Transition from depth to surface filtration for a low-skin effect filter subject to continuous loading of nano-aerosols

Woon Fong Leung, Hung Faat Choy

Research output: Journal article publicationJournal articleAcademic researchpeer-review

14 Citations (Scopus)


A thin, highly porous, nanofiber filter with low-pressure drop start out in “depth filtration” in a clean state with aerosols mostly captured by the fibers in the filter. For nanofibers with high capture efficiency, the fibers in the region upstream of the filter facing the challenging aerosol flow tends to capture more aerosols. The capture aerosols in turn can capture more incoming aerosols in this region leaving much less aerosols escaping downstream of the filter. Furthermore, these captured aerosols, forming dendritic structures, reduce the size of flowable pores in the region. This “skin region” upstream of the filter can be quite thin as compared to the entire filter thickness, yet it accounts for the large fraction of the aerosols captured in the filter as well as large fraction of the pressure drop across the filter. With more aerosols loading, the openings of the flowable pores in the skin region get blocked by aerosol dendrites that bridge across captured aerosols and fibers. These aerosol bridges subsequently build-up above the filter surface in the “surface filtration” regime. As more aerosol bridges stack-up on existing ones and interact with each other, they form ultimately a continuous cake layer on the filter surface. The pressure drop due to the skin effect, which is a combination of both pore filling in the skin region in the filter and the aerosol bridges, can be relatively low (i.e. low-skin effect) for low nanofiber packing density and a thin nanofiber filter. However, the establishment of the skin region during depth filtration and the aerosol bridging effect above the filter surface are still two essential processes prior to formation of the cake on the filter surface. Two experiments and related analysis on loading of thin nanofiber filters using nano-aerosols are used to investigate this scenario. It has been found that in the course of aerosol bridging, the pressure drop behaves predominantly concave upward with increasing specific aerosol deposit. This contrast with previous study with high-skin effect for a thick, less-porous nanofiber filter for which aerosol bridging predominantly yields a concave downward behavior with specific aerosol deposit during pressure drop excursion. Most importantly, the bridging model that predicts successfully the high-skin effect can also predict the low-skin effect where pressure drop has a concave upward behavior with increasing specific aerosol deposit. Finally, we have demonstrated the aerosol holding capacity for a thin, highly porous, nanofiber filter can still be significant, with a small fraction of the total aerosols captured by depth filtration in the filter, and majority of deposited aerosols above the filter in the surface filtration regime, partly in the aerosol bridges and mostly in the cake.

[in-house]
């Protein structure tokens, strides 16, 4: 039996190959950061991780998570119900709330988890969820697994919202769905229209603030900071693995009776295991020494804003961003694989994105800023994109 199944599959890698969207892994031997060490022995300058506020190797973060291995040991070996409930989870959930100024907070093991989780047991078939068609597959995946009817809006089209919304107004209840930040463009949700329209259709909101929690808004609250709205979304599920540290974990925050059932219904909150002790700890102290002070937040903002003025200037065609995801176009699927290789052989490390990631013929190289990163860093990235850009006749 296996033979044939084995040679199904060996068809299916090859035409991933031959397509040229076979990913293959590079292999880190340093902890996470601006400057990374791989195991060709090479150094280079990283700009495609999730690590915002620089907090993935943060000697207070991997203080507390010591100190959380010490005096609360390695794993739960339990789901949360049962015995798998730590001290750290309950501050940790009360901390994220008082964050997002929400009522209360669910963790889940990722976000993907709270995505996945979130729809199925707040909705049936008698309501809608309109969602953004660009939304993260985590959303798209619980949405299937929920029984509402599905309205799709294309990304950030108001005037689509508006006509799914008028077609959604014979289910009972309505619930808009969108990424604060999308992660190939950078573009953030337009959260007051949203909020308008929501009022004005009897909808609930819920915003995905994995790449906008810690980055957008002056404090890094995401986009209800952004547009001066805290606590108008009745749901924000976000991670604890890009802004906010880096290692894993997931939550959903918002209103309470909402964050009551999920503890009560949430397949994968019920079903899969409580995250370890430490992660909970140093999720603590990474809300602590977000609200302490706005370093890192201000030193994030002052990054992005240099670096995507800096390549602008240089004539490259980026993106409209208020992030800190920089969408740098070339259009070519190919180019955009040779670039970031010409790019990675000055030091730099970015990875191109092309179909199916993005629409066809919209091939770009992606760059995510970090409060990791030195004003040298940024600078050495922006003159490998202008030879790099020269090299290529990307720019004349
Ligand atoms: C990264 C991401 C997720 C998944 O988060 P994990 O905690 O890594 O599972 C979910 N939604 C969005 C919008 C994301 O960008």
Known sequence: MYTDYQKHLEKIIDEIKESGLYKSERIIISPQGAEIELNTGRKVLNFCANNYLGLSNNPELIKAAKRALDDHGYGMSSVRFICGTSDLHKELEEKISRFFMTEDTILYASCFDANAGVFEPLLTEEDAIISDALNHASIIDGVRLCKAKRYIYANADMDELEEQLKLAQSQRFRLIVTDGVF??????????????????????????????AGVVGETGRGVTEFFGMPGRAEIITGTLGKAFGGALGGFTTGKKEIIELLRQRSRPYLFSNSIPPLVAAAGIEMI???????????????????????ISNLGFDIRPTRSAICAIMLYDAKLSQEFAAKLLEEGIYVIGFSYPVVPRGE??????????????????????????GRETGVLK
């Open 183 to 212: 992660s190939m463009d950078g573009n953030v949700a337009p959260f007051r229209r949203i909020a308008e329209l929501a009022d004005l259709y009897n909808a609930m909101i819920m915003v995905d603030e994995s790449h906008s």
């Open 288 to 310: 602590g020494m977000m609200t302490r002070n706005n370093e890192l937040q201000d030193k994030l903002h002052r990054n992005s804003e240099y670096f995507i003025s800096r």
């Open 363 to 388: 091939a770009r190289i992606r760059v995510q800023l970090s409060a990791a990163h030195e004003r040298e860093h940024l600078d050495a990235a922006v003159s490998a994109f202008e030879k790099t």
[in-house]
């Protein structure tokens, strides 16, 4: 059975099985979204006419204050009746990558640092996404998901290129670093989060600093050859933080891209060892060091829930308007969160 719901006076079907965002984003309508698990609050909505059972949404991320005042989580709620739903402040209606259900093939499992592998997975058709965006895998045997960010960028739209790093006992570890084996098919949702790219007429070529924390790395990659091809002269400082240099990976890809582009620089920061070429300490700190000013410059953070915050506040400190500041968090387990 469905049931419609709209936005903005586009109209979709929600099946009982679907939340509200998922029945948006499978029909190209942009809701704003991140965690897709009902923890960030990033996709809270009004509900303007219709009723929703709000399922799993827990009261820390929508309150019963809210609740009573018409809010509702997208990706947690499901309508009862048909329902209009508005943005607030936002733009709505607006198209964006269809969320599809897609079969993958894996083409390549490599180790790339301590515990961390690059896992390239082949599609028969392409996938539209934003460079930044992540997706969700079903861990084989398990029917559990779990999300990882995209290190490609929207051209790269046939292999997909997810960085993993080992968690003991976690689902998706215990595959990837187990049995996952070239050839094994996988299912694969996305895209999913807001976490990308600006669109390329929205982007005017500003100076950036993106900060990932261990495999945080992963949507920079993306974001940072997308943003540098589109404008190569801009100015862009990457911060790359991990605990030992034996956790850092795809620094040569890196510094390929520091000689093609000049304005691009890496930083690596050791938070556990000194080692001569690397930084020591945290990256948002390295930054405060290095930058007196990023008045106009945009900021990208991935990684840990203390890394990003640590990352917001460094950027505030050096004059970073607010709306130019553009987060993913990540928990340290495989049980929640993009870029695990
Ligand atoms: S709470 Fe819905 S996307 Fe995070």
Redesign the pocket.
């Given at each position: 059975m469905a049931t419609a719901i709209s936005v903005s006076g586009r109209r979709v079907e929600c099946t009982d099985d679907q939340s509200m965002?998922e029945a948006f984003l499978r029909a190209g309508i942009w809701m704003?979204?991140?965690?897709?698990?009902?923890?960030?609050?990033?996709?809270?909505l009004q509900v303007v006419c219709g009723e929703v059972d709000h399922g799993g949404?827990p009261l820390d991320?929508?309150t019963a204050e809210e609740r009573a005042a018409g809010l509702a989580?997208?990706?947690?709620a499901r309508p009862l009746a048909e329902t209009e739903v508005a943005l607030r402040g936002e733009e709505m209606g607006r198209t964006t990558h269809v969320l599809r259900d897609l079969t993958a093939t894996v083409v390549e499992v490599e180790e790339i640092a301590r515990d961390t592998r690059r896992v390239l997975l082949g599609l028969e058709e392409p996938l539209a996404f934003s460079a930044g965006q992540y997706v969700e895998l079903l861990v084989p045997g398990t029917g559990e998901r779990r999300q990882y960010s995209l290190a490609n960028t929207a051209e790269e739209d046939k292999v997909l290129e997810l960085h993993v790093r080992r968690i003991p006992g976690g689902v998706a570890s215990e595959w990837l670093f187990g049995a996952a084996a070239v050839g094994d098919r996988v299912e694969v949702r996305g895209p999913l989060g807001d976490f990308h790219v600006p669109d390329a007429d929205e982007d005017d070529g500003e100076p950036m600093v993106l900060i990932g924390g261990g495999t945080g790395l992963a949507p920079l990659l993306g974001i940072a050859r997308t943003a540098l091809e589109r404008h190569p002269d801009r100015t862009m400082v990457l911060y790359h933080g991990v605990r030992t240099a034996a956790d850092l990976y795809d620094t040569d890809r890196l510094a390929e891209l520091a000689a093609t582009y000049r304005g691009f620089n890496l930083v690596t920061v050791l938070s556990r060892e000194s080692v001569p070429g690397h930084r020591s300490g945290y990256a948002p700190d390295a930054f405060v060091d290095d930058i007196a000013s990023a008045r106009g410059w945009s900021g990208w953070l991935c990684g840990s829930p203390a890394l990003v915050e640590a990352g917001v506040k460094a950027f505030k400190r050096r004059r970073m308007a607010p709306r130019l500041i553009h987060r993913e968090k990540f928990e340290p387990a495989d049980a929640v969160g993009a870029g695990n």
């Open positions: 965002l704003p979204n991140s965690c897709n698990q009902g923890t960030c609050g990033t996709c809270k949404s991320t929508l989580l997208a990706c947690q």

Original languageEnglish
Pages (from-to)202-210
Number of pages9
JournalSeparation and Purification Technology
Publication statusPublished - 1 Jan 2018


  • Aerosol bridges
  • Depth-to-surface filtration transition
  • Low-skin effect
  • Nano-aerosols
  • Nanofiber filter

ASJC Scopus subject areas

  • Analytical Chemistry
  • Filtration and Separation


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